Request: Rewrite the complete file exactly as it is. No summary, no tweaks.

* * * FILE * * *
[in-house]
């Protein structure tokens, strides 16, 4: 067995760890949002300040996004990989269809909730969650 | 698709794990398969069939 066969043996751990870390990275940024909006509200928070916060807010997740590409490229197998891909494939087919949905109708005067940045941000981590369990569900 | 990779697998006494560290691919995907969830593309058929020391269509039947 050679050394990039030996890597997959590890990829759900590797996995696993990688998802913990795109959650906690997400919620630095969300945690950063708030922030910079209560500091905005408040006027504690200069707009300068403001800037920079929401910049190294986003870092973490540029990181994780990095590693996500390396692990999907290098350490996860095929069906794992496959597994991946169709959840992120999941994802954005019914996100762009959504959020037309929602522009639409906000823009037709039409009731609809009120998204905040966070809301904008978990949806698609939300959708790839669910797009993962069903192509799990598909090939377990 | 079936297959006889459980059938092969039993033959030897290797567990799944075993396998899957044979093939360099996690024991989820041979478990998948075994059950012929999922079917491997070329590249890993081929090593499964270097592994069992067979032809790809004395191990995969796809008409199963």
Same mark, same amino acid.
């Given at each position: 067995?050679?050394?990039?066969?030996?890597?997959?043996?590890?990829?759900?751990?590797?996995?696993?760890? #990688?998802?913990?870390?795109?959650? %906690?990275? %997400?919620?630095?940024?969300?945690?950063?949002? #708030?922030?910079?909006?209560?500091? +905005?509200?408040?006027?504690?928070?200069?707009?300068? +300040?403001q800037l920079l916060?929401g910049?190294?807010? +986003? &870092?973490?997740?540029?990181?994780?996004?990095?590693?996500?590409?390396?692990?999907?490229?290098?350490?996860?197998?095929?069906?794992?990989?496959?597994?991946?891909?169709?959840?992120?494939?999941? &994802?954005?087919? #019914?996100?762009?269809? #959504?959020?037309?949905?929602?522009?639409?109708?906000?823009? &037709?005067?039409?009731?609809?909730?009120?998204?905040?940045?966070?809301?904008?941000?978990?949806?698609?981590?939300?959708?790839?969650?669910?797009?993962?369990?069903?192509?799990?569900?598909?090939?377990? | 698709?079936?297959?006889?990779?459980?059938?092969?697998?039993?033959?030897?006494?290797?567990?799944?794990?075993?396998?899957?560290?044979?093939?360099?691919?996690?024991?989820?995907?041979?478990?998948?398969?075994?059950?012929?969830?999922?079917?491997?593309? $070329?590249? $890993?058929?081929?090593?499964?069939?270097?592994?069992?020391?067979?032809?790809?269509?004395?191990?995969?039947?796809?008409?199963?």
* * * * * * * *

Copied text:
[in-house]
């Protein structure tokens, strides 16, 4: 067995760890949002300040996004990989269809909730969650 | 698709794990398969069939 066969043996751990870390990275940024909006509200928070916060807010997740590409490229197998891909494939087919949905109708005067940045941000981590369990569900 | 990779697998006494560290691919995907969830593309058929020391269509039947 050679050394990039030996890597997959590890990829759900590797996995696993990688998802913990795109959650906690997400919620630095969300945690950063708030922030910079209560500091905005408040006027504690200069707009300068403001800037920079929401910049190294986003870092973490540029990181994780990095590693996500390396692990999907290098350490996860095929069906794992496959597994991946169709959840992120999941994802954005019914996100762009959504959020037309929602522009639409906000823009037709039409009731609809009120998204905040966070809301904008978990949806698609939300959708790839669910797009993962069903192509799990598909090939377990 | 079936297959006889459980059938092969039993033959030897290797567990799944075993396998899957044979093939360099996690024991989820041979478990998948075994059950012929999922079917491997070329590249890993081929090593499964270097592994069992067979032809790809004395191990995969796809008409199963």
Same mark, same amino acid.
């Given at each position: 067995?050679?050394?990039?066969?030996?890597?997959?043996?590890?990829?759900?751990?590797?996995?696993?760890? #990688?998802?913990?870390?795109?959650? %906690?990275? %997400?919620?630095?940024?969300?945690?950063?949002? #708030?922030?910079?909006?209560?500091? +905005?509200?408040?006027?504690?928070?200069?707009?300068? +300040?403001q800037l920079l916060?929401g910049?190294?807010? +986003? &870092?973490?997740?540029?990181?994780?996004?990095?590693?996500?590409?390396?692990?999907?490229?290098?350490?996860?197998?095929?069906?794992?990989?496959?597994?991946?891909?169709?959840?992120?494939?999941? &994802?954005?087919? #019914?996100?762009?269809? #959504?959020?037309?949905?929602?522009?639409?109708?906000?823009? &037709?005067?039409?009731?609809?909730?009120?998204?905040?940045?966070?809301?904008?941000?978990?949806?698609?981590?939300?959708?790839?969650?669910?797009?993962?369990?069903?192509?799990?569900?598909?090939?377990? | 698709?079936?297959?006889?990779?459980?059938?092969?697998?039993?033959?030897?006494?290797?567990?799944?794990?075993?396998?899957?560290?044979?093939?360099?691919?996690?024991?989820?995907?041979?478990?998948?398969?075994?059950?012929?969830?999922?079917?491997?593309? $070329?590249? $890993?058929?081929?090593?499964?069939?270097?592994?069992?020391?067979?032809?790809?269509?004395?191990?995969?039947?796809?008409?199963?």